Shirley Plantation in Charles City, Virginia has a long, long history. The plantation itself began in 1613 with Edward Hill I, and by 1638, it was a working farm with homestead. However, in 1723, construction began on the Great House, a brick structure that would replace the old home and become the residence of Edward Hill I's great-granddaughter, Elizabeth. Elizabeth married Robert Carter and the palatial home was completed by 1738. Today, the home is still in the Hill-Carter family and is the oldest family owned business in the United States. It was spared destruction during the Civil War by being turned into a field hospital for both Union and Confederate troops, and many of the deceased soldiers were buried in the plantation's cemetery.
With such a long history, especially one including involvement as a Civil War hospital, you'd expect the house and property to pick up a few ghost stories. However, contrary to what one may think, the prevalent ghost tale of Shirley Plantation is NOT connected with the Civil War! Rather, it has to do with a certain painting.
Elizabeth had a sister named Martha Hill (known to the family as Aunt Pratt) who left for England to study. While there, she met and married a man named Hugh Gifford (also called Griffin or Griffith in various sources). She never came back to the United States to live, and died in England some years later. Before she left, though, she left a signed portrait of herself in her second story bedroom.
By 1858, the current generation of Hill-Carters living in the home decided to remodel, and removed Aunt
Pratt's portrait to the attic. Immediately, the family began to be plagued with horrible sounds coming from the attic each night. The sound of shuffling and rummaging through boxes was overshadowed by severe knocking that progressively got worse. Whenever the family would investigate the source of the noises, they'd find nothing out of place in the attic. They finally realized that Aunt Pratt, who was long deceased, was unhappy about being relegated to the attic space and wanted to return to her bedroom on the second floor. There she remained happily until the outbreak of the Civil War, where once again she was sent to the attic. With the home being used as a hospital and valuables being packed up out of sight, Aunt Pratt understandably kept pretty quiet and as a reward upon the end of the war, the family moved her portrait to a place of honor on the first floor.
Aunt Pratt was okay with that position for awhile, but soon longed for her own personal space and the knocking and rocking once again returned, only to stop when she was returned to her rightful spot on the second floor. And, for over 100 years, there she stayed, with the family passing down the tales of Aunt Pratt's ghostly portrait to each new generation.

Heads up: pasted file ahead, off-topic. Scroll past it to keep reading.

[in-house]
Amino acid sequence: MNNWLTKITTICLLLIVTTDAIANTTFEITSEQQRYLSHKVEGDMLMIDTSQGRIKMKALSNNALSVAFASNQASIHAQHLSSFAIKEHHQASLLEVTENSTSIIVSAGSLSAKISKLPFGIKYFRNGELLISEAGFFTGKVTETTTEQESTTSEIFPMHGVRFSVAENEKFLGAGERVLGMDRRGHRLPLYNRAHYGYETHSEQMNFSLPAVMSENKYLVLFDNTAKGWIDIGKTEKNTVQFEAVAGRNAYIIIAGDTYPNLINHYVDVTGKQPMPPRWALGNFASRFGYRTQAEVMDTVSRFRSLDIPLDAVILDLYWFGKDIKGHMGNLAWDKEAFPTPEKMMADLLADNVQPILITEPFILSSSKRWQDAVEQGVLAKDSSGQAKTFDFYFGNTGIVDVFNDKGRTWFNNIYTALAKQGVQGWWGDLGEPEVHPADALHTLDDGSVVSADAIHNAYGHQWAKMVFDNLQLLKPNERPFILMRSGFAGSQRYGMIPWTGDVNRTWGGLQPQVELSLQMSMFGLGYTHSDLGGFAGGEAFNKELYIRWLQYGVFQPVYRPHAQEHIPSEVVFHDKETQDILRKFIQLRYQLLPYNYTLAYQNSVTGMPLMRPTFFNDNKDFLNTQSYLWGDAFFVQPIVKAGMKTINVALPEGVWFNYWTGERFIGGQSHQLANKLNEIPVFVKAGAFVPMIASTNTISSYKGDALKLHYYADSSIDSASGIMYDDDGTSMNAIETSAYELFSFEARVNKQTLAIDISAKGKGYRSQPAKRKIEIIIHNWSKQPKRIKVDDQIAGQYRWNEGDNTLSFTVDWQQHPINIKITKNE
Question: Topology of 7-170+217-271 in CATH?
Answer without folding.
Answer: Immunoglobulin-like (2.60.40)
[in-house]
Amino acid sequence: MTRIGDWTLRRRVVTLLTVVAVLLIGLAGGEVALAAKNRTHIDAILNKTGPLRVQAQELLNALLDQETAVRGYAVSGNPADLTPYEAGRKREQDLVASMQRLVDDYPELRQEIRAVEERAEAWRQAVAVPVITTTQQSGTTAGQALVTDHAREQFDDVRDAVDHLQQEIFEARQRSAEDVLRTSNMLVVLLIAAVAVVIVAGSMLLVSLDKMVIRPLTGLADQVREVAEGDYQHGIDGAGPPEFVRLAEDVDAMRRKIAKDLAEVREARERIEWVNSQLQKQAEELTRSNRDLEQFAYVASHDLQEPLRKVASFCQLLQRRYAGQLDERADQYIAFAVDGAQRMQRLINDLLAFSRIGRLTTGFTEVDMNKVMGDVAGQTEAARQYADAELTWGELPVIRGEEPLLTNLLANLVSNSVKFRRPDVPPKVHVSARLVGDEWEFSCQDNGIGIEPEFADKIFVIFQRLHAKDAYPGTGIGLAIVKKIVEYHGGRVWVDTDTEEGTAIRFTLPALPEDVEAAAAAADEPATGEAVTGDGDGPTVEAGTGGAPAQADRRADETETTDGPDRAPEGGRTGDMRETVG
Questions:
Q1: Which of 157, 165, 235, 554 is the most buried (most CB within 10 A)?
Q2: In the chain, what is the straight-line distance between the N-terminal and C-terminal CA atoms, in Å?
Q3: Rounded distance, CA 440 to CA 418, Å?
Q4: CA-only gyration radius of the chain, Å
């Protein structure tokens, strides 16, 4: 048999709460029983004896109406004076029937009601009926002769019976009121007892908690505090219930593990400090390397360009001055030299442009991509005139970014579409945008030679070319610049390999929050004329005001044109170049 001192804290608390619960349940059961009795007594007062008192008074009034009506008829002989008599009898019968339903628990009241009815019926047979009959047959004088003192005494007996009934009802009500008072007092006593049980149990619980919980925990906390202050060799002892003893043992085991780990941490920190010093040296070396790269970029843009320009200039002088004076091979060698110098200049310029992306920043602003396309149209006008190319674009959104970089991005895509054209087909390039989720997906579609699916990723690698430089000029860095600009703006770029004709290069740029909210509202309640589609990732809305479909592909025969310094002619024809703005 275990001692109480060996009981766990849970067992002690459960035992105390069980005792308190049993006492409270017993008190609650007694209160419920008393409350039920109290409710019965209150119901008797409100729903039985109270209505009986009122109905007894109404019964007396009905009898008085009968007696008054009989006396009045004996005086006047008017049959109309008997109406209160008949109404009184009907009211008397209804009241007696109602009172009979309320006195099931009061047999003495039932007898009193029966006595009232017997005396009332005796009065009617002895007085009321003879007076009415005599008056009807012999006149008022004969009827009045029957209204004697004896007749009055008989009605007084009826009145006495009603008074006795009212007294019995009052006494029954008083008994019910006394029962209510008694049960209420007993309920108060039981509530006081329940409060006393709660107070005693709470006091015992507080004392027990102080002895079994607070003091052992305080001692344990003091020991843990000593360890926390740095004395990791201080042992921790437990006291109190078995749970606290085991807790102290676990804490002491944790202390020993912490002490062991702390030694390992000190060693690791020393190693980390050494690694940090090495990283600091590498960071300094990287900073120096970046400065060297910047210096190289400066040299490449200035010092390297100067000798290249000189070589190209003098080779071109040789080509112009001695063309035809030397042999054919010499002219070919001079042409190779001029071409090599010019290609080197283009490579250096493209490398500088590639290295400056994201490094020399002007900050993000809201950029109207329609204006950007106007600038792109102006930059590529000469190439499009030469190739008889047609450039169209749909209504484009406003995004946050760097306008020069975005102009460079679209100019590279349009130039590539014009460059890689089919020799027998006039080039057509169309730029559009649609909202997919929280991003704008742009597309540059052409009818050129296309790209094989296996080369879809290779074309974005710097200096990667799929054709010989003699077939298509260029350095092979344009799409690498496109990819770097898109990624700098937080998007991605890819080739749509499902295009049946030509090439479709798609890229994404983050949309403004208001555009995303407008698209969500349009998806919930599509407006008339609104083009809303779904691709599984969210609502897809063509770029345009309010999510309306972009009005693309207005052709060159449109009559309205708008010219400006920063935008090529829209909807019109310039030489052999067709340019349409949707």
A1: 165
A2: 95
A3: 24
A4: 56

In 1974, the painting was taken to New York City for a special display in Rockefeller Center on haunted and cursed items. Aunt Pratt made it quite clear that she was unhappy with the arrangement and her portrait began to rock and shake violently, being witnessed by many spectators. One of those spectators was an NBC reporter on his way to lunch who happened to catch video footage of the painting rocking back and forth. The painting would rock so violently that it was soon removed from the display and put into a locked box in storage. Workers at the storage facility reported hearing banging and crying noises coming from the box and weren't really all that shocked to see that the painting had somehow escaped from the box and seemed to be trying to head for the door.
It was shipped back to Virginia, but before returning home to Shirley Plantation, the portrait was sent to Linden Galleries---Aunt Pratt had rocked herself so hard that she had damaged her own portrait's frame and it needed to be fixed. She must have been pleased with the treatment received at Linden because workers there reported hearing the sounds of bells ringing in the vicinity of the painting. Today, Aunt Pratt is right where she wants to be, and tours of Shirley Plantation are available to provide a glimpse of her. Tour guides have been known to tell visitors not to block Aunt Pratt's view of the outdoors, and once or twice her spirit has been seen peering out the window.
Shirley Plantation Website
Article by Stacey Graham